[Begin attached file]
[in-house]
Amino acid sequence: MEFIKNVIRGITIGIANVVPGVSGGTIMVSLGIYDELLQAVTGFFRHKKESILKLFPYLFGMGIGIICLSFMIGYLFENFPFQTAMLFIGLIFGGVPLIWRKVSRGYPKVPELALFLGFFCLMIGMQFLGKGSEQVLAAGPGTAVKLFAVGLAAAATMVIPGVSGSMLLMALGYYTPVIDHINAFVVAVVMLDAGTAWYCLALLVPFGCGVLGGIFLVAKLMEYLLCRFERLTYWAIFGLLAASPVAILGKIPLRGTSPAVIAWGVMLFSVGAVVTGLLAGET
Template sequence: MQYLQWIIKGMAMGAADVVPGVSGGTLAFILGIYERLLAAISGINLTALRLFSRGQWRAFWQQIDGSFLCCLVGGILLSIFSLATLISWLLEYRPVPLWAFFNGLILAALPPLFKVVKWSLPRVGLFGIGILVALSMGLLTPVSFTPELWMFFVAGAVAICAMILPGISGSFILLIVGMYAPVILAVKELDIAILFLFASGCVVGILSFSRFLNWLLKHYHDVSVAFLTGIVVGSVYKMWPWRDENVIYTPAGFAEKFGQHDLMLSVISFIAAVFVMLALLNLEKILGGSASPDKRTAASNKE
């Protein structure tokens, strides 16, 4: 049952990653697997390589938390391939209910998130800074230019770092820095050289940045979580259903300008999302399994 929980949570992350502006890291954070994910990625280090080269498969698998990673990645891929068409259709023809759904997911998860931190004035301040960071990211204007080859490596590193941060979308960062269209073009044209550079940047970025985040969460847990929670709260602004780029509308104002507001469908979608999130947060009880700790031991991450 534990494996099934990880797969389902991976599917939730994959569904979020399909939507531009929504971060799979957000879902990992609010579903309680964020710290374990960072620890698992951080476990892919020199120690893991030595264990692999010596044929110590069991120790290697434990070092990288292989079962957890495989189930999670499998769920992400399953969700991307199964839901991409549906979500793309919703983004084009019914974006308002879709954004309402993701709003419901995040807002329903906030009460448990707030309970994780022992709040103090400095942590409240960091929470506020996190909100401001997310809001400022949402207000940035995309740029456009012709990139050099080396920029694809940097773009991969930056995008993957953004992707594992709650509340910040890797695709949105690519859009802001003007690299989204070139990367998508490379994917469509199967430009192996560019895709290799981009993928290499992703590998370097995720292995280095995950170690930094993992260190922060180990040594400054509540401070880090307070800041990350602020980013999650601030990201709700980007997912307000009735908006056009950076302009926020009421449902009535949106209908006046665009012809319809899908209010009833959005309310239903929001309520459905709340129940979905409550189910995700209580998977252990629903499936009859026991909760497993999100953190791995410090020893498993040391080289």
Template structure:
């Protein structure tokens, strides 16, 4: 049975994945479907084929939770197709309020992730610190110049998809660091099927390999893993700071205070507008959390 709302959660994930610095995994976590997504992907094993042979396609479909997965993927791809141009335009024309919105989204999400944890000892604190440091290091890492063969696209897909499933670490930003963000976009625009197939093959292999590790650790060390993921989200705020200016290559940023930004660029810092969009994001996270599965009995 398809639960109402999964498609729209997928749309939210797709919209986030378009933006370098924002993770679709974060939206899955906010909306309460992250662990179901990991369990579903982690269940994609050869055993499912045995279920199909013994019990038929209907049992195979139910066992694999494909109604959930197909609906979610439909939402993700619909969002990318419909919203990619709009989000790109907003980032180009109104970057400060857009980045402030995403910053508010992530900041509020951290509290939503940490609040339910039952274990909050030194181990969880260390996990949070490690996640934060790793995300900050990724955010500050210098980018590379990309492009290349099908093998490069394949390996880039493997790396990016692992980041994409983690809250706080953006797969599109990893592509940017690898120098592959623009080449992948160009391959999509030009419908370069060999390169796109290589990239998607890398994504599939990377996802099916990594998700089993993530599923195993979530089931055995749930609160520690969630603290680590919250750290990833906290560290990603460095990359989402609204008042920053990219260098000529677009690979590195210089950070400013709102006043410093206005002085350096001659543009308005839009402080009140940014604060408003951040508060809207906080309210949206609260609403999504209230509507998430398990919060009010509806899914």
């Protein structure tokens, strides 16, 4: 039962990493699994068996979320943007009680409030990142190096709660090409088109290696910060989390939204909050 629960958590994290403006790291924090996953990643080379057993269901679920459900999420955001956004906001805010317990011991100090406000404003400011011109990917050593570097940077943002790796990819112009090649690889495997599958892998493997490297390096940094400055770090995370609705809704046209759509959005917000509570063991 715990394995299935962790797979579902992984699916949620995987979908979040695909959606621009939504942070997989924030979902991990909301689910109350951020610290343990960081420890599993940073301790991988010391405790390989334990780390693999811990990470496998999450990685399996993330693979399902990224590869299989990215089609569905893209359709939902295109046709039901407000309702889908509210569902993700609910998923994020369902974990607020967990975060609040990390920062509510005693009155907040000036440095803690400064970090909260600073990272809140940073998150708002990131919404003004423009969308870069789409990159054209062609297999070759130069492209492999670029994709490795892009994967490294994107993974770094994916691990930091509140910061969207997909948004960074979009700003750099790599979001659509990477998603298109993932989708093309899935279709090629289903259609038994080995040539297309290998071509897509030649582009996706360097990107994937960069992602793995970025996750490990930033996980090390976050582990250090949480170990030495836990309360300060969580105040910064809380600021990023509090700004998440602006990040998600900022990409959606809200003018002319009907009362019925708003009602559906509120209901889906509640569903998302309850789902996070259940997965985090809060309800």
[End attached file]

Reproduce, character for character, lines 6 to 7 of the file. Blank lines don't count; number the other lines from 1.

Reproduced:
């Protein structure tokens, strides 16, 4: 049975994945479907084929939770197709309020992730610190110049998809660091099927390999893993700071205070507008959390 709302959660994930610095995994976590997504992907094993042979396609479909997965993927791809141009335009024309919105989204999400944890000892604190440091290091890492063969696209897909499933670490930003963000976009625009197939093959292999590790650790060390993921989200705020200016290559940023930004660029810092969009994001996270599965009995 398809639960109402999964498609729209997928749309939210797709919209986030378009933006370098924002993770679709974060939206899955906010909306309460992250662990179901990991369990579903982690269940994609050869055993499912045995279920199909013994019990038929209907049992195979139910066992694999494909109604959930197909609906979610439909939402993700619909969002990318419909919203990619709009989000790109907003980032180009109104970057400060857009980045402030995403910053508010992530900041509020951290509290939503940490609040339910039952274990909050030194181990969880260390996990949070490690996640934060790793995300900050990724955010500050210098980018590379990309492009290349099908093998490069394949390996880039493997790396990016692992980041994409983690809250706080953006797969599109990893592509940017690898120098592959623009080449992948160009391959999509030009419908370069060999390169796109290589990239998607890398994504599939990377996802099916990594998700089993993530599923195993979530089931055995749930609160520690969630603290680590919250750290990833906290560290990603460095990359989402609204008042920053990219260098000529677009690979590195210089950070400013709102006043410093206005002085350096001659543009308005839009402080009140940014604060408003951040508060809207906080309210949206609260609403999504209230509507998430398990919060009010509806899914």
């Protein structure tokens, strides 16, 4: 039962990493699994068996979320943007009680409030990142190096709660090409088109290696910060989390939204909050 629960958590994290403006790291924090996953990643080379057993269901679920459900999420955001956004906001805010317990011991100090406000404003400011011109990917050593570097940077943002790796990819112009090649690889495997599958892998493997490297390096940094400055770090995370609705809704046209759509959005917000509570063991 715990394995299935962790797979579902992984699916949620995987979908979040695909959606621009939504942070997989924030979902991990909301689910109350951020610290343990960081420890599993940073301790991988010391405790390989334990780390693999811990990470496998999450990685399996993330693979399902990224590869299989990215089609569905893209359709939902295109046709039901407000309702889908509210569902993700609910998923994020369902974990607020967990975060609040990390920062509510005693009155907040000036440095803690400064970090909260600073990272809140940073998150708002990131919404003004423009969308870069789409990159054209062609297999070759130069492209492999670029994709490795892009994967490294994107993974770094994916691990930091509140910061969207997909948004960074979009700003750099790599979001659509990477998603298109993932989708093309899935279709090629289903259609038994080995040539297309290998071509897509030649582009996706360097990107994937960069992602793995970025996750490990930033996980090390976050582990250090949480170990030495836990309360300060969580105040910064809380600021990023509090700004998440602006990040998600900022990409959606809200003018002319009907009362019925708003009602559906509120209901889906509640569903998302309850789902996070259940997965985090809060309800």